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Buying a Business guide

How to Buy a Business in the UK

Buying an existing business is an exciting venture, but it is not a quick win. It requires research, dedication, funding, and other essential elements, and that’s where we come in to help.

This guide runs through the most important stages of the buying process. It will be easy to follow and understand, so you can feel more confident in your decision and pursue your journey to business ownership!

Discover your dream business

There are many routes into business ownership, each with their own strengths and weaknesses; starting an enterprise from the ground up, investing in a franchise, or buying an existing business. This guide will offer valuable advice on why buying an existing business might be the best route for you.

Buying an existing business has many advantages! The business will have established foundations, a loyal customer base, marketing, and sales strategies, and a cashflow that you can improve or grow. It can also be easier to get funding to purchase the business.

However, there will be disadvantages you need to consider. For example, you’ll still need capital to support an existing cashflow, and you need to understand why the current owner wants to sell the business. It may simply be retirement, but it could also be liabilities like financial or operational struggles or a lawsuit.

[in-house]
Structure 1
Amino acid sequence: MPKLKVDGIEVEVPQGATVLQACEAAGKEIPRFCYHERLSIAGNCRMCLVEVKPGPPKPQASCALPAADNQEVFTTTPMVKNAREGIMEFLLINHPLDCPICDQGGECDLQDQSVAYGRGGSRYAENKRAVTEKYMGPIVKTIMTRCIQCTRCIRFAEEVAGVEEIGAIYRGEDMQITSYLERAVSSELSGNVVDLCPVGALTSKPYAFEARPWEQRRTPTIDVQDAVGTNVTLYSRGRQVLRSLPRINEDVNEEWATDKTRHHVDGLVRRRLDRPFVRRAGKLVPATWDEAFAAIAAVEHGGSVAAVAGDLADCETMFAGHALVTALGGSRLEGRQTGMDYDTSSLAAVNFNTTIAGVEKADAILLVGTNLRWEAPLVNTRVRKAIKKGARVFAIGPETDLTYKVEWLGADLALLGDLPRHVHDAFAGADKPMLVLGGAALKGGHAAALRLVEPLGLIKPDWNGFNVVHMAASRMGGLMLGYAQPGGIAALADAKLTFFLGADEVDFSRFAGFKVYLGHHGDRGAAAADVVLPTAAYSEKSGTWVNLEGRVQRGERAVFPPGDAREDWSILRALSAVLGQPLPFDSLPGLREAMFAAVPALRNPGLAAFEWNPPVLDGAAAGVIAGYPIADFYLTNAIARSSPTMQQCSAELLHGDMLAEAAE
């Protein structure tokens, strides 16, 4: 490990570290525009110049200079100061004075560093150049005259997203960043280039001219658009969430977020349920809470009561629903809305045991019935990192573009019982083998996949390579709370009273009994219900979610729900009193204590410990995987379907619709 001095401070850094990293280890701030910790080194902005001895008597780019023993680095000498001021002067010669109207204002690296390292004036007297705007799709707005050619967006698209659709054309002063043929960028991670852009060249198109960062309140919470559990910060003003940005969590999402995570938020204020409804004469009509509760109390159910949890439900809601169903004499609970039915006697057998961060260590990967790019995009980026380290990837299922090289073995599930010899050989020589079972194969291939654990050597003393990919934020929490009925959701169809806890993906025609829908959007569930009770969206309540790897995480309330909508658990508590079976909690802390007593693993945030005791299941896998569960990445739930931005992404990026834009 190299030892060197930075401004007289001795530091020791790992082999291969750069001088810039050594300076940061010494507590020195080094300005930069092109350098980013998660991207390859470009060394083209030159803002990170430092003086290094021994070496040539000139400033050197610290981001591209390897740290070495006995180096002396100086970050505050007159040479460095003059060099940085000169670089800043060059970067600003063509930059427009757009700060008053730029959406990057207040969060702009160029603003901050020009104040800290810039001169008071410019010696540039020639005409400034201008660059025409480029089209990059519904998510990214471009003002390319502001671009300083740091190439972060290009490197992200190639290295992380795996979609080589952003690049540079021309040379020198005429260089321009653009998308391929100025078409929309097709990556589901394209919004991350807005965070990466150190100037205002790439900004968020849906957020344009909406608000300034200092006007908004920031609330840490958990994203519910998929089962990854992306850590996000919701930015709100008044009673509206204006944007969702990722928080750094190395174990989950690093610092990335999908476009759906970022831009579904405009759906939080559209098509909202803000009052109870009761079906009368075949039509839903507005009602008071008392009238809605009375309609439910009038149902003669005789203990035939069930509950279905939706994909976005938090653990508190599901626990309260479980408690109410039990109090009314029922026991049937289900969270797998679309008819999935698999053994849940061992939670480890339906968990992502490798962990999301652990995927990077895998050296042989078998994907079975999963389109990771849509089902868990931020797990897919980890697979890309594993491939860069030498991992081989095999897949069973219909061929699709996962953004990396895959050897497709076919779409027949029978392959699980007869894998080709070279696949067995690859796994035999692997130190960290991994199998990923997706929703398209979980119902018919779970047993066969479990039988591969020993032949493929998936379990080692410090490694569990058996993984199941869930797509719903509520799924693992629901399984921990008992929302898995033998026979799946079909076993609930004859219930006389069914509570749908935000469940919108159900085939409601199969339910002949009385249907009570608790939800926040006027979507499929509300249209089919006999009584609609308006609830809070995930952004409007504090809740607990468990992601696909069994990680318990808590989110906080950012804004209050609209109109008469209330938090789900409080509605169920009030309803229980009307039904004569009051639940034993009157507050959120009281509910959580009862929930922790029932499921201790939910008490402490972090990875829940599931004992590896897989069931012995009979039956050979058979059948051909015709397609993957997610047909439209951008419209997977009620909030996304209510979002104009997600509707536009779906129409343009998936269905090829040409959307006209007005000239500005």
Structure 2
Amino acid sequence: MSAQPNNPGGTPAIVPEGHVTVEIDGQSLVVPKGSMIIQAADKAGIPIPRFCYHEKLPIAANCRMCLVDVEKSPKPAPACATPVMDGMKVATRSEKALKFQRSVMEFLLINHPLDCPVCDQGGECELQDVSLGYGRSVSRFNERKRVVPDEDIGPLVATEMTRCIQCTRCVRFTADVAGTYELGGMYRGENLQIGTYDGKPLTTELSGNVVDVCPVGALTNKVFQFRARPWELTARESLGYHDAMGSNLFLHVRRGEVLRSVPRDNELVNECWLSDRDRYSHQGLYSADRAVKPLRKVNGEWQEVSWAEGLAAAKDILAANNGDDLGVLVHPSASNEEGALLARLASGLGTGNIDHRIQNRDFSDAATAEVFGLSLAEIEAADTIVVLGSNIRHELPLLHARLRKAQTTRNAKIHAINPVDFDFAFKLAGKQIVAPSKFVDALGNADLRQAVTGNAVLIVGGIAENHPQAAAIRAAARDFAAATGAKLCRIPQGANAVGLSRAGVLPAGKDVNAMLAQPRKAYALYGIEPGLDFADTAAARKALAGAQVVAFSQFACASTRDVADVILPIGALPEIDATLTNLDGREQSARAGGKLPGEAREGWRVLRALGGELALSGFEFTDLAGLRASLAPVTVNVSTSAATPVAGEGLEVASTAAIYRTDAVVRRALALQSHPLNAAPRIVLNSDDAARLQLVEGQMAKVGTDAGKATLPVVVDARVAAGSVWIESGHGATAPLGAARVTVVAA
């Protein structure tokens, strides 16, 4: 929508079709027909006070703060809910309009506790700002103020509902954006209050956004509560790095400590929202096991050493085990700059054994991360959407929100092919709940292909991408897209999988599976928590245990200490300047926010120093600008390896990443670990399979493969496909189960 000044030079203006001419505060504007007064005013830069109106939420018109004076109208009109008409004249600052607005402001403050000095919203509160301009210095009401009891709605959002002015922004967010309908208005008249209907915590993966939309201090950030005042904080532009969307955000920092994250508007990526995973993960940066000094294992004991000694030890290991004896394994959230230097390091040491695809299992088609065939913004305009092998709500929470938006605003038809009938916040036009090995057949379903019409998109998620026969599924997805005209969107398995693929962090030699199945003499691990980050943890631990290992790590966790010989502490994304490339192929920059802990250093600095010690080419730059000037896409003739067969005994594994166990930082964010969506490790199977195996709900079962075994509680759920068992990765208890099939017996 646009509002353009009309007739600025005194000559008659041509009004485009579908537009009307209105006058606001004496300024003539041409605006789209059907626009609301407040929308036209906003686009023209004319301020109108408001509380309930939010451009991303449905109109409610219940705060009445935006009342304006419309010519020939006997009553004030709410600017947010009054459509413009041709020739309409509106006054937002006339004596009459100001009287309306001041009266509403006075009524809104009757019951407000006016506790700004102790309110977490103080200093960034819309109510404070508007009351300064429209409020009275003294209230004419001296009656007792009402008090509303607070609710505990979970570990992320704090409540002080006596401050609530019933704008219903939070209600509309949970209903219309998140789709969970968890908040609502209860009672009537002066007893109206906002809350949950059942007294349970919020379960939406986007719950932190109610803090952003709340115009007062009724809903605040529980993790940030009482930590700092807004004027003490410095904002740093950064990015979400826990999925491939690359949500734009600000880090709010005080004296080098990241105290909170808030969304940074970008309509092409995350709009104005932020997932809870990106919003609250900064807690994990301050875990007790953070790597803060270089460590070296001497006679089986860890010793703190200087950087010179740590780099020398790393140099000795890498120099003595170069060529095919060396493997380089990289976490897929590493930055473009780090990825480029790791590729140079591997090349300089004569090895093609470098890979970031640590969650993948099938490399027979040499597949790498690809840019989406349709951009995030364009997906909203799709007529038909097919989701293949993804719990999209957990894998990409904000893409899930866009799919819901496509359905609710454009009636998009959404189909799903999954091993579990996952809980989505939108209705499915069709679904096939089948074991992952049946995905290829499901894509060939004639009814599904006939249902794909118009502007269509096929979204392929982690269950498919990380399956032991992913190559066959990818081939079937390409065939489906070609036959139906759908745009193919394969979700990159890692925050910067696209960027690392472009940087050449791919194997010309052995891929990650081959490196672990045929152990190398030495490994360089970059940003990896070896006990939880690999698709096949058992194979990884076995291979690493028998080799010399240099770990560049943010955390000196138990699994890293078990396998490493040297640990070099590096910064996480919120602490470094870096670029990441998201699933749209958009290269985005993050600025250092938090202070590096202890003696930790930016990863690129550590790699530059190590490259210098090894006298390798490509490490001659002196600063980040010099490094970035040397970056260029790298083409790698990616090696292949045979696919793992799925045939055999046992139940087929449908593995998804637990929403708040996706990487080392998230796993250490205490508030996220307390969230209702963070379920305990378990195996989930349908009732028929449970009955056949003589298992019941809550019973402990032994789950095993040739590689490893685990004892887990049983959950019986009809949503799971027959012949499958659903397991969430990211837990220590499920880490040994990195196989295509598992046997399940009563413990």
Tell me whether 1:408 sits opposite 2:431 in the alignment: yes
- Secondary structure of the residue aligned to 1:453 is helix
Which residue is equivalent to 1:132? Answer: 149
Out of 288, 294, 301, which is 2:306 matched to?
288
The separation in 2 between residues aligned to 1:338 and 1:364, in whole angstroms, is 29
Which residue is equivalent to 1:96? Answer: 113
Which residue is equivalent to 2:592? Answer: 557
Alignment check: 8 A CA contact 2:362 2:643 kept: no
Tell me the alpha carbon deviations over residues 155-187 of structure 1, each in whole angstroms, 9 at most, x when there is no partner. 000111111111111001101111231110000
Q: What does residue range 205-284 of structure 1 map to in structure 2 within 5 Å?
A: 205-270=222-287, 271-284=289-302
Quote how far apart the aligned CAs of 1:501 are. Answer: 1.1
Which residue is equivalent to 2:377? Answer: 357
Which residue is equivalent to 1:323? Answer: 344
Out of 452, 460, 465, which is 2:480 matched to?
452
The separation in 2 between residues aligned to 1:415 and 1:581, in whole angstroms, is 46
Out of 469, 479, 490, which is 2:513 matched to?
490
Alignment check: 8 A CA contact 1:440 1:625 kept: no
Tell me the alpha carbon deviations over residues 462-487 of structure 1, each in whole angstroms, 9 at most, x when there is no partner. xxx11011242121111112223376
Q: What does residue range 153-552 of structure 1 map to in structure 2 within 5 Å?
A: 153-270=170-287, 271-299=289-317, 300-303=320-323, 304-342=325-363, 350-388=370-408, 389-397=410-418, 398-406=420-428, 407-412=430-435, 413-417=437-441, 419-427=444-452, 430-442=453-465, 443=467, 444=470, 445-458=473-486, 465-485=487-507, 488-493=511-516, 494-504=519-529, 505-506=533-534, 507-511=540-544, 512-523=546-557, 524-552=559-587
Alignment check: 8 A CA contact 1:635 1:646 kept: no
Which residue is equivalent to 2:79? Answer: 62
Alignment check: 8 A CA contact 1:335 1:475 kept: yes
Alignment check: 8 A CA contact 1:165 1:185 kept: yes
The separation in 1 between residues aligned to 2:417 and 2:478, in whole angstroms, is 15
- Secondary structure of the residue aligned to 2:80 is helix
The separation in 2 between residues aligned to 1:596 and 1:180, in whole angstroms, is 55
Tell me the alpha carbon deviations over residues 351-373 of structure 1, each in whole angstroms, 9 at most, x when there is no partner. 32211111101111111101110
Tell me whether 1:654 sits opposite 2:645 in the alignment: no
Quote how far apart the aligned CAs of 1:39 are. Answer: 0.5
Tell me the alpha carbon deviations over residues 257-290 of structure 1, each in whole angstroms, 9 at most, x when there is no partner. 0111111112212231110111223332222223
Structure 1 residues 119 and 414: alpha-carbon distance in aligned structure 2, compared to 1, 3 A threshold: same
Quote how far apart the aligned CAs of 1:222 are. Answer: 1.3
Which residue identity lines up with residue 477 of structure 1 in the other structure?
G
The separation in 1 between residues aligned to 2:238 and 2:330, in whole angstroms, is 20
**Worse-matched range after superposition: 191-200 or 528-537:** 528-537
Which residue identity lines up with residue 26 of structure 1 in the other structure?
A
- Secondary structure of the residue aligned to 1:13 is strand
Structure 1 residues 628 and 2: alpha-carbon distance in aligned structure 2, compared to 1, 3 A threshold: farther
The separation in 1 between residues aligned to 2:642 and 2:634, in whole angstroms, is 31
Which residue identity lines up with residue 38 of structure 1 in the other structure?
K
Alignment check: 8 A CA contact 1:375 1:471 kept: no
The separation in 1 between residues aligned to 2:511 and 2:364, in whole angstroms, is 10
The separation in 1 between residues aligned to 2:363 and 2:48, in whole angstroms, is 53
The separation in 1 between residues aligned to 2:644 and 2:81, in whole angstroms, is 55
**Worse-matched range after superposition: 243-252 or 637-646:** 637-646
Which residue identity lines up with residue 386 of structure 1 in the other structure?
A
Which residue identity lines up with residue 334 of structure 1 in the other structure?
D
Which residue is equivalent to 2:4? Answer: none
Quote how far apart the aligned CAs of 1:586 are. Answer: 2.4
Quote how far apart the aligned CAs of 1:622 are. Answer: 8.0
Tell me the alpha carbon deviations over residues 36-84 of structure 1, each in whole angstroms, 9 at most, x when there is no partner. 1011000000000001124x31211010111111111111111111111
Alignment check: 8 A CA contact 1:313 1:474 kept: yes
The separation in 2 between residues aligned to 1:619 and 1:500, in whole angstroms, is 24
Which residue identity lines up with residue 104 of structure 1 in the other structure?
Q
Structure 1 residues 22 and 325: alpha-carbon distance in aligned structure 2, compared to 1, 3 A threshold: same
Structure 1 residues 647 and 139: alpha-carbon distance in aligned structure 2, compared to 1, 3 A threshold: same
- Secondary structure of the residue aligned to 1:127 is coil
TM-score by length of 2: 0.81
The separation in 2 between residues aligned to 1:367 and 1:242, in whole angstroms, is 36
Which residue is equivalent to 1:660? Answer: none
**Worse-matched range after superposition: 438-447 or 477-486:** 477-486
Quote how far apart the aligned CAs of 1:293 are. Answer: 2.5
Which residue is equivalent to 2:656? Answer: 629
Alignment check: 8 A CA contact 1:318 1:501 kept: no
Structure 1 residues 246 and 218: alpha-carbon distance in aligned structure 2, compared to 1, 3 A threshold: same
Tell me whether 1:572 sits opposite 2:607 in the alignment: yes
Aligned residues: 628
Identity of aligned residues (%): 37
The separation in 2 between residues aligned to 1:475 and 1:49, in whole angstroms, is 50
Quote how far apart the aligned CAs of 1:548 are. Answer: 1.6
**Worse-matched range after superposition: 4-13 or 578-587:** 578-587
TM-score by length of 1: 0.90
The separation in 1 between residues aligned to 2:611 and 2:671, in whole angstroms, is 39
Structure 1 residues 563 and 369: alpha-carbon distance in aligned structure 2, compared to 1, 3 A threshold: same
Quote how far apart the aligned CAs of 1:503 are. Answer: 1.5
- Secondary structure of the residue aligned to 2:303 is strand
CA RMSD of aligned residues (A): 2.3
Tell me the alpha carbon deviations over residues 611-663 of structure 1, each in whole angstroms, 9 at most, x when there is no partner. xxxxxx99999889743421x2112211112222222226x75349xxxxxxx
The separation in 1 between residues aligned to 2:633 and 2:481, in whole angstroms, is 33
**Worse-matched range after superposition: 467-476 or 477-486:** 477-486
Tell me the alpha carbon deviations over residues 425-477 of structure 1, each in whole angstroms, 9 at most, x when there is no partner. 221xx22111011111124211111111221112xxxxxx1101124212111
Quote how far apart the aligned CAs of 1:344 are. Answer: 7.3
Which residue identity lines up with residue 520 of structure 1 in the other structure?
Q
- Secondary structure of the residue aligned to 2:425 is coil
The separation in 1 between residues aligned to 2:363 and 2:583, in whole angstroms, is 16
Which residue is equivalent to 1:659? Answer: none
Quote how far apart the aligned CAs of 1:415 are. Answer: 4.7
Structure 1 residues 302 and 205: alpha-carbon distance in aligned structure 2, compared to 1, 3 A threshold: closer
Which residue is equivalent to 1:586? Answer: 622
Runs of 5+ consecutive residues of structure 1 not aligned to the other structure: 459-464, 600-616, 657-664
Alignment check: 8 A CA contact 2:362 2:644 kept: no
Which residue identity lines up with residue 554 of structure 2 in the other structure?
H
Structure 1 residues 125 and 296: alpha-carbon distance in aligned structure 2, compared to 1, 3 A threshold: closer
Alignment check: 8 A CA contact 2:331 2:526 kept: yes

That’s why conducting extensive research and taking due diligence seriously is essential to ensure you make a viable and pragmatic decision.

We’ll start off by discussing the first step: why choosing the right industry is essential.

What Industry Should You Buy a Business In?

To ensure this endeavour is a success, you need to buy into an industry that suits your abilities and strengths, financial capability, expectations of earnings, and your ideal location.

You want to be confident in the decision you make. After all, you may be plunging into personal savings and investing a lot of time into the venture. So, don’t take the commitment lightly and carefully consider the product or service that you will offer.

Here are three factors you should understand when deciding what industry to buy a business in:

what industry


An obvious starting point to consider is your career up until now. What industries have you worked in before?

You don't necessarily have to buy a business in the same sector, but it helps if there are transferable skills to bring across to your next field.

There are some skills that will apply to any business that you are running. If you're a lifelong accountant, for example, these skills apply to most sectors.

Ask yourself:

  • Which industries do I have experience in?
  • What skills do I have, and can I apply these to other fields?
  • Which of these skills can I apply to business in general?
  • Which sectors did I perform well in and why?

Money and risk

Some sectors are more lucrative and riskier than others.

For example, laundrettes can be ‘safe bets’ but only generate a modest income. Opening a restaurant is a riskier venture which requires intense passion and demanding work, but the returns can be appealing.

Do you want to become wealthy, or are you driven by job satisfaction and passive income? Do you have an appetite for risk, or do you want to play it safe?

Understanding commercial trends can help you determine which sectors are the most lucrative and stable.